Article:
My grandmother passed on that objectivity and sense of justice to her daughter. As one of the first students of Sociology at Liverpool University in the 1960s, my mother used her degree to qualify as a medical social worker. From there she moved to work in Higher Education, teaching social workers and in due course validating those courses at various universities. What defines her work as transformational was that she was one those who started to set out what we now call child protection. Her stories of the clients she supported in London in the sixties and of the ambition of creating something which would codify the safeguarding of children are the stories my brother, sister and father still recount. They keep her alive for us. And in that first picture of the triptych, I see a mother and grandmother whose eyes are alive with tales and memories. How remarkable that an 18 year old should have captured that vivid sense of humanity. While I never met Aneae’s grandmother, I am gifted every day with the direct sense of her personality which the picture conveys.

In the second image, the grandmother is looking to the side. She seems rather more crumpled and stooped. She is still wearing glasses but her direct gaze has gone.  We have lost her. The threads of her mind are orange, more scattered, spilling now all over her shoulders, over her face. She is unravelling. It is exquisitely painful.

When my father-in-law was moving through the stages of dementia there was a sense of the pull of the illness and the awful discoveries we all made about this cruel disease. Amongst many things, we didn’t know that dementia was classed as a mental illness. How can dementia and Alzheimer’s be classed as mental illnesses we wondered? The term suggested, wrongly, that some counselling might help. It also cast a broader light on the crippling nature of mental illness and its effects, not just on the sufferer but also on the family who watch as memory and other intellectual functions are progressively lost. We have to look after those who care for those with mental health problems. The toll on those carers is great.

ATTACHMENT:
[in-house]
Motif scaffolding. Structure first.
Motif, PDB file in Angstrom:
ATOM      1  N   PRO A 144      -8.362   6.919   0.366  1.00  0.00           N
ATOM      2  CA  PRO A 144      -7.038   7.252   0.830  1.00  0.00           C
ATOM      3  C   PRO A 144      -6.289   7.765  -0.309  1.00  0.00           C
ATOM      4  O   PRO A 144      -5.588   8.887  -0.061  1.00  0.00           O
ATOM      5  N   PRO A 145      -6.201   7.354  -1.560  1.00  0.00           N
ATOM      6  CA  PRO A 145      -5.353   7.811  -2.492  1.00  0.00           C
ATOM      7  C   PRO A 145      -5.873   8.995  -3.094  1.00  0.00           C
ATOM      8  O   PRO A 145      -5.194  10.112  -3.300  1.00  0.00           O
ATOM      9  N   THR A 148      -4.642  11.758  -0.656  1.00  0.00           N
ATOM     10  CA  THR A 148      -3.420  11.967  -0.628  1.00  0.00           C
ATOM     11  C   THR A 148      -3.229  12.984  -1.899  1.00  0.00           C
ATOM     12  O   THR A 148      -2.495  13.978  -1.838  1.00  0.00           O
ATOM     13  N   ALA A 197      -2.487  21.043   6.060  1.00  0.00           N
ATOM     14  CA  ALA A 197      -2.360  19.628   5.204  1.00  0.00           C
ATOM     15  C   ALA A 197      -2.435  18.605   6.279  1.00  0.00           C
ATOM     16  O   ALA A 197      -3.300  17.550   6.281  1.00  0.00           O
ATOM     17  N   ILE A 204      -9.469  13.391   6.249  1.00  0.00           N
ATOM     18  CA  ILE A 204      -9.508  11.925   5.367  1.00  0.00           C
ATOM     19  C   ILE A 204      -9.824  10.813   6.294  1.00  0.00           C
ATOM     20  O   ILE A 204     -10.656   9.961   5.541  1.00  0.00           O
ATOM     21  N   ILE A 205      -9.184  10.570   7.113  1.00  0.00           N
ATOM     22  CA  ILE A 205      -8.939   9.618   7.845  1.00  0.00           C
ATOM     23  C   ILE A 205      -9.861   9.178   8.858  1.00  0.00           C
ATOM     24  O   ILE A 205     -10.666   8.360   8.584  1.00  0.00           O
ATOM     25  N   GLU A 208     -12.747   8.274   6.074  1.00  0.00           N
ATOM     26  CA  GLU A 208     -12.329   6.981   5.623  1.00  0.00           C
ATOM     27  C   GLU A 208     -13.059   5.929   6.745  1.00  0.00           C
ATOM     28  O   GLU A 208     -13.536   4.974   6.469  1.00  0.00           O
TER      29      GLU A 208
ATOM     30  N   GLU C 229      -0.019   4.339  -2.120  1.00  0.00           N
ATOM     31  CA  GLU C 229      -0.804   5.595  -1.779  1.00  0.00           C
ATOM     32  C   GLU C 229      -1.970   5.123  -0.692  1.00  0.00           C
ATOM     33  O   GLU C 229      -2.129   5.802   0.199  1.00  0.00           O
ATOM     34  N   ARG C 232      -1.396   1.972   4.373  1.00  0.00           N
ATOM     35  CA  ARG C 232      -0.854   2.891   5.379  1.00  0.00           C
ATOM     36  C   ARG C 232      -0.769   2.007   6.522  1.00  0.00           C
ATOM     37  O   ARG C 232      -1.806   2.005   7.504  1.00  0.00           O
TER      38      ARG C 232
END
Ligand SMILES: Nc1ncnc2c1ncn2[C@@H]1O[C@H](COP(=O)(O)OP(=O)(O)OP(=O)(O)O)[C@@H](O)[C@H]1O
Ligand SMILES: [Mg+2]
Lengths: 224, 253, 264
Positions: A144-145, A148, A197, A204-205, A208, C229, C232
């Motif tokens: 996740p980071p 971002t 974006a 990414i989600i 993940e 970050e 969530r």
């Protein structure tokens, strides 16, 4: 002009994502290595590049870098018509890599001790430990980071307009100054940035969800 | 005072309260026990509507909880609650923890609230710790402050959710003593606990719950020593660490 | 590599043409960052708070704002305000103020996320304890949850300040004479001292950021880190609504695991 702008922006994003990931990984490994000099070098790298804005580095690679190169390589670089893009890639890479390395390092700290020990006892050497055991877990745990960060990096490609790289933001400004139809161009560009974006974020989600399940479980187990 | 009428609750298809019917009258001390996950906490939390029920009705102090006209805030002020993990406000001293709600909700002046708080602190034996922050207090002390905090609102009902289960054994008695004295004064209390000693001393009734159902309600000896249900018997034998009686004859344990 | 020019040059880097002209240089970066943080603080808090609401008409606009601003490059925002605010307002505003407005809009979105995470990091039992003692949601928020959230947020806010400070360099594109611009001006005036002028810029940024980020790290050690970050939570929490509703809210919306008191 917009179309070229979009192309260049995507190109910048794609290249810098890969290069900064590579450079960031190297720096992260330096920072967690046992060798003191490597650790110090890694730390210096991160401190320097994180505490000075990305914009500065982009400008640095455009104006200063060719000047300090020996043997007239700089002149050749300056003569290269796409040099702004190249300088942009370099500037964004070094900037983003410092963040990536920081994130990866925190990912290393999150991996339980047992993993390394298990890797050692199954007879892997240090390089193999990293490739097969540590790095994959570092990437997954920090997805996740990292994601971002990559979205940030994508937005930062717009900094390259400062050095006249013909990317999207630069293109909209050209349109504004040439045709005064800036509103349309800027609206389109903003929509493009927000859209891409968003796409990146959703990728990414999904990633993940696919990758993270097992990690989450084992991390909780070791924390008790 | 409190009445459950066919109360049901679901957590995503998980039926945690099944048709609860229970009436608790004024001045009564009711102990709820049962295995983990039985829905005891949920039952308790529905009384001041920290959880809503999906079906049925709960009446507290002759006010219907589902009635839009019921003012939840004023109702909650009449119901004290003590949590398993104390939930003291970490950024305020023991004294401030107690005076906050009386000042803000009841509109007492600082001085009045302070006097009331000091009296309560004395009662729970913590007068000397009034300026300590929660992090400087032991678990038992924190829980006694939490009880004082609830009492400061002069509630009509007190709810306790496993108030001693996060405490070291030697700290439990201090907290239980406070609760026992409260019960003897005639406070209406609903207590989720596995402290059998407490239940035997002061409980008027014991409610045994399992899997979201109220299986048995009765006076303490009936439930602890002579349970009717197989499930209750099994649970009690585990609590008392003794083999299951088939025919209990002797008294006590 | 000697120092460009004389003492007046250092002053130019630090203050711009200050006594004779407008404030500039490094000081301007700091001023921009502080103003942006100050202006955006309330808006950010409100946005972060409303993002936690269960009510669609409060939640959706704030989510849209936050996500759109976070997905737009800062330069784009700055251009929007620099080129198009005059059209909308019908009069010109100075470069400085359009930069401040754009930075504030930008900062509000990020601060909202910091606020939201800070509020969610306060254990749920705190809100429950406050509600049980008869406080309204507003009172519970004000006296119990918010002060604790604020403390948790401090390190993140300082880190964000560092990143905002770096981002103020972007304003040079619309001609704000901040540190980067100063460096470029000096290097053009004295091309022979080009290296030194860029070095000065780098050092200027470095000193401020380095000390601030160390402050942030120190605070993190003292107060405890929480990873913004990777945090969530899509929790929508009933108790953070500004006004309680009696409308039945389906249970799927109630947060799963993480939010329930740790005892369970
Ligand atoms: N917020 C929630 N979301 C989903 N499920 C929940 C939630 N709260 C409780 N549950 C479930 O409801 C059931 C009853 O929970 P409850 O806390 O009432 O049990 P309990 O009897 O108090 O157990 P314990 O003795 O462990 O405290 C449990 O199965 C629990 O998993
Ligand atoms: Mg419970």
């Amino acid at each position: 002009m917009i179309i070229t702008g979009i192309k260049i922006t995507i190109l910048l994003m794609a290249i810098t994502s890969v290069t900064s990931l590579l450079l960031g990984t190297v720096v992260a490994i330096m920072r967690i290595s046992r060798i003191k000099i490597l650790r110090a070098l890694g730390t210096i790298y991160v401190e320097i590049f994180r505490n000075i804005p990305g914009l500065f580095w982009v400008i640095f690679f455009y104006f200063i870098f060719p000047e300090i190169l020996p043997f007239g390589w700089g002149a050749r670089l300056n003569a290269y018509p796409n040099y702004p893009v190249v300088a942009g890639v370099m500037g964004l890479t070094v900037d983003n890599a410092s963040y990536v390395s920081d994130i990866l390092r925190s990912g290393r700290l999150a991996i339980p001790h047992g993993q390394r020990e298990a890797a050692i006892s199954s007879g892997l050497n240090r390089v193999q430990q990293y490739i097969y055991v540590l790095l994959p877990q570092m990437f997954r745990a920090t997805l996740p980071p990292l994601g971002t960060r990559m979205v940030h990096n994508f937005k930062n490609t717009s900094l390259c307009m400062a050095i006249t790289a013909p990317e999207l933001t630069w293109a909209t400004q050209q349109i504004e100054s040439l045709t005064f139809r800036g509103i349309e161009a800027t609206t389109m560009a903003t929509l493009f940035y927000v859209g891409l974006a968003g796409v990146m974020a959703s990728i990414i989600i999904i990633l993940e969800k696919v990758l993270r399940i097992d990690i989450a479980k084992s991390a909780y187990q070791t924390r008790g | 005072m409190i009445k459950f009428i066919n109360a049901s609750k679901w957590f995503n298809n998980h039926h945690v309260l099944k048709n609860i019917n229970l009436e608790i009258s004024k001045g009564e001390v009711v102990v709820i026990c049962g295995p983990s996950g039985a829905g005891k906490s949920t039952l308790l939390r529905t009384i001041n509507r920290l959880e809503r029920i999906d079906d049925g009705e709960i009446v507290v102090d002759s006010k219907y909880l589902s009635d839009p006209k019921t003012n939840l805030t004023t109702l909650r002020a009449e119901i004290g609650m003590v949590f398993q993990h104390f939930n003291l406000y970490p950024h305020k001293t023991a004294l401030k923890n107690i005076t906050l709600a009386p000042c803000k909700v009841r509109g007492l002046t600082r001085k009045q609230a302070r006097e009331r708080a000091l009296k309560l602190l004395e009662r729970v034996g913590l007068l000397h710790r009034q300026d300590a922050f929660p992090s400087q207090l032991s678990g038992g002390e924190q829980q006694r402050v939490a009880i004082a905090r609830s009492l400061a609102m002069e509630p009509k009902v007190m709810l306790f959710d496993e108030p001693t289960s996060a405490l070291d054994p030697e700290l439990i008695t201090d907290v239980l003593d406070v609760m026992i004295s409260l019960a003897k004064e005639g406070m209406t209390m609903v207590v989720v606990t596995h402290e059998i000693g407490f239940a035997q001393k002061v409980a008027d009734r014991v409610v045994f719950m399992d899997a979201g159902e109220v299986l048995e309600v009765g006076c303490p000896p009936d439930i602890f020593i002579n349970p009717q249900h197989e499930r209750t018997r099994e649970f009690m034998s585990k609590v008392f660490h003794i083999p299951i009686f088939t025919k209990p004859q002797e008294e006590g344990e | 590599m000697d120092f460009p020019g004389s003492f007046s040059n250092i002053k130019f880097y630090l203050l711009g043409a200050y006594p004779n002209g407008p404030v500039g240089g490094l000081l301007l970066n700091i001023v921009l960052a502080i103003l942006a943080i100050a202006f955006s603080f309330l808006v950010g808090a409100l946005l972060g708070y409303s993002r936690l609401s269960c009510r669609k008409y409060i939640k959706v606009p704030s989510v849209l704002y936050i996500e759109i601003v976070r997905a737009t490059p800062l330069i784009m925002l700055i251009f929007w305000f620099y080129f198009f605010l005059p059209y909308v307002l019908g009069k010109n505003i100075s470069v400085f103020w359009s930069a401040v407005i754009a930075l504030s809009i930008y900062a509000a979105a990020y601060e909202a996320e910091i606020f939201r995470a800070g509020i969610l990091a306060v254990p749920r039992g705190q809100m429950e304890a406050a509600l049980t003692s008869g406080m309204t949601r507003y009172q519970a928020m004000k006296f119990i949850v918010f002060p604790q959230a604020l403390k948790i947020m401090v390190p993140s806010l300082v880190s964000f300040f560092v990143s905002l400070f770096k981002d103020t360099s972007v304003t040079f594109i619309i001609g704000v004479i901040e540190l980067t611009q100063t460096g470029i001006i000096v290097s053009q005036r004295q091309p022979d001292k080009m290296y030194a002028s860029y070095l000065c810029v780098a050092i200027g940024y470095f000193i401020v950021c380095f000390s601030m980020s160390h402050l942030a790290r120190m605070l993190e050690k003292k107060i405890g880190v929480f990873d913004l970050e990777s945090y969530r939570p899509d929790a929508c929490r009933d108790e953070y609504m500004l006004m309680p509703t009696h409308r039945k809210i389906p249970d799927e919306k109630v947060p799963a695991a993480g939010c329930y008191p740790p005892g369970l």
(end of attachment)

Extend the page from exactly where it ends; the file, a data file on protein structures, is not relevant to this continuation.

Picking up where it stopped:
Most people who have seen a relative with dementia or Alzheimer’s will know the moments when the bizarre slippage of rationality is juxtaposed with apparent lucidity. Most of us have stories which teeter on the hilarious – people who come down dressed in clothes which are wildly inappropriate or shocking. Or stages in the early onset where the taboo filter is stripped back and extraordinary truths are spoken. We all become observers then – in my case watching in awe as my sister-in-law managed unusual conversations with humour and kindness. Our children watched their grandparent, puzzled by what was happening. As the illness advanced and constant care was required, and at meal times the adult became the child, we watched our children watching the adults. How to explain it? How to make sense of any of it?

In those early stages, there are frequently the initial alarms and excursions of the all too familiar stories of people going missing, wandering off somewhere in a city while visiting someone. Frantic calls are made to the police. There are tremendous upsets and recriminations until the loved one is found. So often I have seen one member of the family, following such an episode arriving more quickly at an awareness of the full scale of what lies ahead. While others choose not to see it. There are such tensions for families and sometimes such disasters as everyone dances around the reality of what is on the horizon.